Consuming File System artifacts from Kubernetes Pods

Danushka Fernando
2 min readMay 31, 2019

When you are deploying an application which contains artifacts written on file system dynamically withing kubernetes (k8s), for example a tomcat server exposed to outside to deploy war files, you need to make sure the file system state is preserved always. Otherwise if the pod goes down, you might loose data.

So one solution is to mount an external disk. Yes indeed you can do that. But how robust is that solution. Say something happened to the external disk. How can you recover the data? Use several disks and rsync to sync the data. Sounds a robust solution. Say you want to increase the reliability. And what happens if rsync process get killed. How much will it cost to make it’s reliability closer to 100%?

We have a robust, simple solution. It’s using gluster to save data. [1] [2]

We install a pod named gluster for each node. There is an additional disk attached to each node which will be used as the data storage for gluster. This disk is formatted in a special format and attached to the gluster.

This disk can be attached to a specific path and we can mention it as below (eg :- /dev/sdb) in the topology.json. Following is a sample. When your run gkdeploy script to install gluster, you have to place topology.json in the same location.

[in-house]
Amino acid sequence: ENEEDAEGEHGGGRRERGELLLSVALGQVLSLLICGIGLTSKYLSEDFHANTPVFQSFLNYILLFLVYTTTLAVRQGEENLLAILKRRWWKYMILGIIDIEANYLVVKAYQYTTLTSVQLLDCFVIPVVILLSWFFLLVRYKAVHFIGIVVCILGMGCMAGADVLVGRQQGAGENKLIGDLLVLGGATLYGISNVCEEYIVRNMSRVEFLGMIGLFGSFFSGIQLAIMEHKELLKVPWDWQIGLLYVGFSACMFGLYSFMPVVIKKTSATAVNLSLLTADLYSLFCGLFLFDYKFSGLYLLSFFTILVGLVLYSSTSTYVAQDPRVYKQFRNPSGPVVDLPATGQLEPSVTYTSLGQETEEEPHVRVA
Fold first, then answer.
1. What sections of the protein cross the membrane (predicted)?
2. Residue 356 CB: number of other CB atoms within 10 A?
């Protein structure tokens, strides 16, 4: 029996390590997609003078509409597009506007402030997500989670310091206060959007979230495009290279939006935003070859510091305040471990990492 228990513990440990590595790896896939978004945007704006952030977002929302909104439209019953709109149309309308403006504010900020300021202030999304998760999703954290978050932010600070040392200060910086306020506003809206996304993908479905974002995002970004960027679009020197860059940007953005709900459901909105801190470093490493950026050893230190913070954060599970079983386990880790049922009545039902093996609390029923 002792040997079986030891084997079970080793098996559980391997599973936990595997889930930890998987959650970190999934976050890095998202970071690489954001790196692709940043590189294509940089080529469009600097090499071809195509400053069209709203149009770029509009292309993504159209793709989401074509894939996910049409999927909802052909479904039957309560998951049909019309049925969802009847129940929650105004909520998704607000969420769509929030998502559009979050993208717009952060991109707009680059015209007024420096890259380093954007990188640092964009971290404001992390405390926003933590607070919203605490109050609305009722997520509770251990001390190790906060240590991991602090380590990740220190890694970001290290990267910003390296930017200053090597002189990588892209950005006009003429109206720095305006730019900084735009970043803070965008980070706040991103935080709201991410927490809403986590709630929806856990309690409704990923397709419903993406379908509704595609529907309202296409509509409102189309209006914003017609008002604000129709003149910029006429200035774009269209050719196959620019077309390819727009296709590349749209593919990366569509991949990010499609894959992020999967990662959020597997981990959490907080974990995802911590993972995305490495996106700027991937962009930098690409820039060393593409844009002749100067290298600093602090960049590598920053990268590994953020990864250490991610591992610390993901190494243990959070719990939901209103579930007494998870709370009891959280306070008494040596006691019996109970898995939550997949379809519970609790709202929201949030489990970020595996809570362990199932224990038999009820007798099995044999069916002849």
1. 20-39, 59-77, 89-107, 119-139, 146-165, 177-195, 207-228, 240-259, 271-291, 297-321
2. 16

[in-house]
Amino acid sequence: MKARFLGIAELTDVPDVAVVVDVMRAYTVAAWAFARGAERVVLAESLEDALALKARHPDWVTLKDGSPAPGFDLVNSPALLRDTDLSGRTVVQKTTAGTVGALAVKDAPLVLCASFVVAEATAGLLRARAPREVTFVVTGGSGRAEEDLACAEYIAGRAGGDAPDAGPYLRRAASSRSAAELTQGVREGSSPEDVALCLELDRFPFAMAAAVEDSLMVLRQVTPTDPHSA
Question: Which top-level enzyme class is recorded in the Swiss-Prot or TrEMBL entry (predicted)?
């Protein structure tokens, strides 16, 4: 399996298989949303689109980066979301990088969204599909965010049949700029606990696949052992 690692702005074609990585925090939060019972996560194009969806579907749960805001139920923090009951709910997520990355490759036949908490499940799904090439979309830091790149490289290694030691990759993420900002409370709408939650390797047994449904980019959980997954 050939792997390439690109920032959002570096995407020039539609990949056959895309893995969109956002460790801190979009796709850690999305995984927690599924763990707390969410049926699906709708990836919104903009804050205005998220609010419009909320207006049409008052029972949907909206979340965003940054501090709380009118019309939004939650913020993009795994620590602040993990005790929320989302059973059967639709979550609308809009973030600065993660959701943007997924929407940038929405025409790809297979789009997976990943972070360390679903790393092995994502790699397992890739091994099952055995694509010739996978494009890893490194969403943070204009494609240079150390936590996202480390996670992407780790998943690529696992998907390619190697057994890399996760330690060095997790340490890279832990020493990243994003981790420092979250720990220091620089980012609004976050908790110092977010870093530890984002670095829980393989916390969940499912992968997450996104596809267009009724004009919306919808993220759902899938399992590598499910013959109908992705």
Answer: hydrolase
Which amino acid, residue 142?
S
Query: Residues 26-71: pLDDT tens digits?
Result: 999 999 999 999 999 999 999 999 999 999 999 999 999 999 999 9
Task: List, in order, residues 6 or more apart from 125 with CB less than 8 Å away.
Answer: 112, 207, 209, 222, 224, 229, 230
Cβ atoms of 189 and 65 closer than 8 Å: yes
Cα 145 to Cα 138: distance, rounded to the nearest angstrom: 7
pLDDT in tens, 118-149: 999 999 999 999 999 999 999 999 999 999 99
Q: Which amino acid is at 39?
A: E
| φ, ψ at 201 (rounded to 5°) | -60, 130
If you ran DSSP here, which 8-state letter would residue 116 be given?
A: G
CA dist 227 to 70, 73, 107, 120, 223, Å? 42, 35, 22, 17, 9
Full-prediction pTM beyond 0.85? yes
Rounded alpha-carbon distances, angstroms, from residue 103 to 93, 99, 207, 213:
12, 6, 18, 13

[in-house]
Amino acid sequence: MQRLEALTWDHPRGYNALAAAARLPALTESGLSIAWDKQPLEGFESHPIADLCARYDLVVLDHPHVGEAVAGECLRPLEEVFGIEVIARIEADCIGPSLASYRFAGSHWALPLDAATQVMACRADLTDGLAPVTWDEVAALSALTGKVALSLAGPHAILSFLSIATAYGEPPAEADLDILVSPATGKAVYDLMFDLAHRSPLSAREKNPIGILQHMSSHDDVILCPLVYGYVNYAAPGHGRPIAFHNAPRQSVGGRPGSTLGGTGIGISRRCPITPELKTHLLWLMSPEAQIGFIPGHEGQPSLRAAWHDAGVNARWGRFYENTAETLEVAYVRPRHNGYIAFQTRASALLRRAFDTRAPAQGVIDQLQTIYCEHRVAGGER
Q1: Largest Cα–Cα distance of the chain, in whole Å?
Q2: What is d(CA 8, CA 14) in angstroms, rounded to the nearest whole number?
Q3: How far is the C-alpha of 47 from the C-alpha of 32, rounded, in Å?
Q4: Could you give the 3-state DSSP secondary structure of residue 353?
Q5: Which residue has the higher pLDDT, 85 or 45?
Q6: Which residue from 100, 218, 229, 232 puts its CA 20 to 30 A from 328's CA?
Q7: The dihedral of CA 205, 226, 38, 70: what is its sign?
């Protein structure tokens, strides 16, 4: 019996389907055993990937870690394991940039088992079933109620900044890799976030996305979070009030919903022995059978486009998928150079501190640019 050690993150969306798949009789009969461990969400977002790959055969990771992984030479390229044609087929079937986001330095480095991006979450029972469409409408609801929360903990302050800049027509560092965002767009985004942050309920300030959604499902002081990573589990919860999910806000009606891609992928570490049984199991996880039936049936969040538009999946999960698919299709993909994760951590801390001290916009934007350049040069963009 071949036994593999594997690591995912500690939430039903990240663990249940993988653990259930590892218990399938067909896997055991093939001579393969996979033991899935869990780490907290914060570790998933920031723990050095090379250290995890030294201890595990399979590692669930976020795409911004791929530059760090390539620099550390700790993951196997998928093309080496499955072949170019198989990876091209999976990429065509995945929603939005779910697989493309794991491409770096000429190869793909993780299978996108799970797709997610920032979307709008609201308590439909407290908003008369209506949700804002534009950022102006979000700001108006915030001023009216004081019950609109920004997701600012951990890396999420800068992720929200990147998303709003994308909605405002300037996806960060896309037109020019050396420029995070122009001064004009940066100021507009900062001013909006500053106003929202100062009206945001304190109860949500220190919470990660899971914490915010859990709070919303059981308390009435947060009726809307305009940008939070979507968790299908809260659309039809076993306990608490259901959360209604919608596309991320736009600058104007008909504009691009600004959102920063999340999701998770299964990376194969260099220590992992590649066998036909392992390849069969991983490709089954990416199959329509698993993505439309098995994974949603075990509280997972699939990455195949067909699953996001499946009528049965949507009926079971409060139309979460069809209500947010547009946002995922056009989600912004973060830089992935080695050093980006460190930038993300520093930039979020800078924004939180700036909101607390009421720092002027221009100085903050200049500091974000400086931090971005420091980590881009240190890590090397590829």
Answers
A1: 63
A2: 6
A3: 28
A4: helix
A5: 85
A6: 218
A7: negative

{  
"clusters":[
{
"nodes":[
{
"node":{
"hostnames":{
"manage":[
"node0"
],
"storage":[
"192.168.10.100"
]
},
"zone":1
},
"devices":[
"/dev/sdb"
]
},
{
"node":{
"hostnames":{
"manage":[
"node1"
],
"storage":[
"192.168.10.101"
]
},
"zone":1
},
"devices":[
"/dev/sdb"
]
},
{
"node":{
"hostnames":{
"manage":[
"node2"
],
"storage":[
"192.168.10.102"
]
},
"zone":1
},
"devices":[
"/dev/sdb"
]
}
]
}
]
}

Once you install gluster in k8s now comes the question on how they interconnect? There is an another component called heketi [3] which is generally used to manage volumes. Here heketi is used to manage gluster cluster. You can use heketi cli [4] to do advanced operations. Heketi is included in the gk-deploy script from glusterfs.

Note that this blog is written to explain a problem and a solution. Here I haven’t included any low level operational details or installation details.

Once gluster is installed in your k8s setup, next question is to how to use it? First you need to create a storage class in k8s with the heketi cli url. Here this url should be accessible to master node of k8s deployment. It looks like below.

After that there should be a pvc (Persisted Volume Claim) to use this storage class. Then you can use pvc in your pod conflagration as a volume mount.

Hope this helped someone to create a solution.

Good luck on deployment!!!

[1] https://github.com/gluster/glusterfs
[2] https://github.com/gluster/gluster-kubernetes
[3] https://github.com/heketi/heketi
[4] https://access.redhat.com/documentation/en-us/red_hat_gluster_storage/3.3/html/container-native_storage_for_openshift_container_platform/chap-documentation-red_hat_gluster_storage_container_native_with_openshift_platform-heketi_cli

Originally published at http://wdfdo1986.blogspot.com on May 31, 2019.

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